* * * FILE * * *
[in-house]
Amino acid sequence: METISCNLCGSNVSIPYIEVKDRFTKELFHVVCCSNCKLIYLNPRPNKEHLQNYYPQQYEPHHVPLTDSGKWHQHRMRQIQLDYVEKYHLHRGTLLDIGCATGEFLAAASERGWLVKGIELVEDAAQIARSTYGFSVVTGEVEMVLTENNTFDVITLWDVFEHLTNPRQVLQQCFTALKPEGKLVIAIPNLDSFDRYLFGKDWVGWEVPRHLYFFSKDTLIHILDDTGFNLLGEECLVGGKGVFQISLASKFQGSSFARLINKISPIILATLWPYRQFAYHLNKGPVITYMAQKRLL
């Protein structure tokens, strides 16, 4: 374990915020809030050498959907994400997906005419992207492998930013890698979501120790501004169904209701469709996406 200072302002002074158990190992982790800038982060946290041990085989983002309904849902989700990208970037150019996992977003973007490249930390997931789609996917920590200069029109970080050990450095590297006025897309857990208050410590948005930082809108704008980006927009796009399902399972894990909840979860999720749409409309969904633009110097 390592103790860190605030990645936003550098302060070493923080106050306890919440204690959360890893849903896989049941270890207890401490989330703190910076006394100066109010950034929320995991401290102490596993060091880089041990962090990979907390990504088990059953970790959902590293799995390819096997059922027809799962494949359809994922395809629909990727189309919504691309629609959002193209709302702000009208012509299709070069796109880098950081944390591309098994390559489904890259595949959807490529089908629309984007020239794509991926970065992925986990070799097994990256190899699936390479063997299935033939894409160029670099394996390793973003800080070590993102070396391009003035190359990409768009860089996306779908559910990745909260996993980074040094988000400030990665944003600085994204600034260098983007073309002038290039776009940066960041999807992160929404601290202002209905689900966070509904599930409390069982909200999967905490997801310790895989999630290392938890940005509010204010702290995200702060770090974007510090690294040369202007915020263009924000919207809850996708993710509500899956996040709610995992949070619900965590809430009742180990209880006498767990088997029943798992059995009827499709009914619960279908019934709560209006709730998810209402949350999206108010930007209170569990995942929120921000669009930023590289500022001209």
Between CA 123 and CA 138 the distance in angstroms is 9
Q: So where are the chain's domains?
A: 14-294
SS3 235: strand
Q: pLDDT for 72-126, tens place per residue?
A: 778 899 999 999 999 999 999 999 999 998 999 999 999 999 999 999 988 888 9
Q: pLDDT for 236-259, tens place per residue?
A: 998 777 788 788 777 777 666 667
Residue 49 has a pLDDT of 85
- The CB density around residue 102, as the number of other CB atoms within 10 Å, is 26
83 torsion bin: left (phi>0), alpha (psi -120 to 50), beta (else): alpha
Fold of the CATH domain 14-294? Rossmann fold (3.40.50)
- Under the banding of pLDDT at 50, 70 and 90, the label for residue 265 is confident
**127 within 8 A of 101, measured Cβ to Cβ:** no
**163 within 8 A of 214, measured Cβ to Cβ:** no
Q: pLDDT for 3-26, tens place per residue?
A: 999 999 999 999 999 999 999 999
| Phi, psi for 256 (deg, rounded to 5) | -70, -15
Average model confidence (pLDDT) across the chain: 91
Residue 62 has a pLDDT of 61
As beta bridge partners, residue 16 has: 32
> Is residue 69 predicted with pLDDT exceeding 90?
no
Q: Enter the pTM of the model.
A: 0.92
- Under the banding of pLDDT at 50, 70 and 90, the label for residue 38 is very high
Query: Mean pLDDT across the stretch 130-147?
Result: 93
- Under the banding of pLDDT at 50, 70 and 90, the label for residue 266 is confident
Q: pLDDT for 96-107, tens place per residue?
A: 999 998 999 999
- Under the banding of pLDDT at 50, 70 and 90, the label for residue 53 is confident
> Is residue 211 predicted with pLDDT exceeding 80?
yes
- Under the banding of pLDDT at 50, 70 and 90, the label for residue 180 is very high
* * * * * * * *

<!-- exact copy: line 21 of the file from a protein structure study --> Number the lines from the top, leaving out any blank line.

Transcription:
| Phi, psi for 256 (deg, rounded to 5) | -70, -15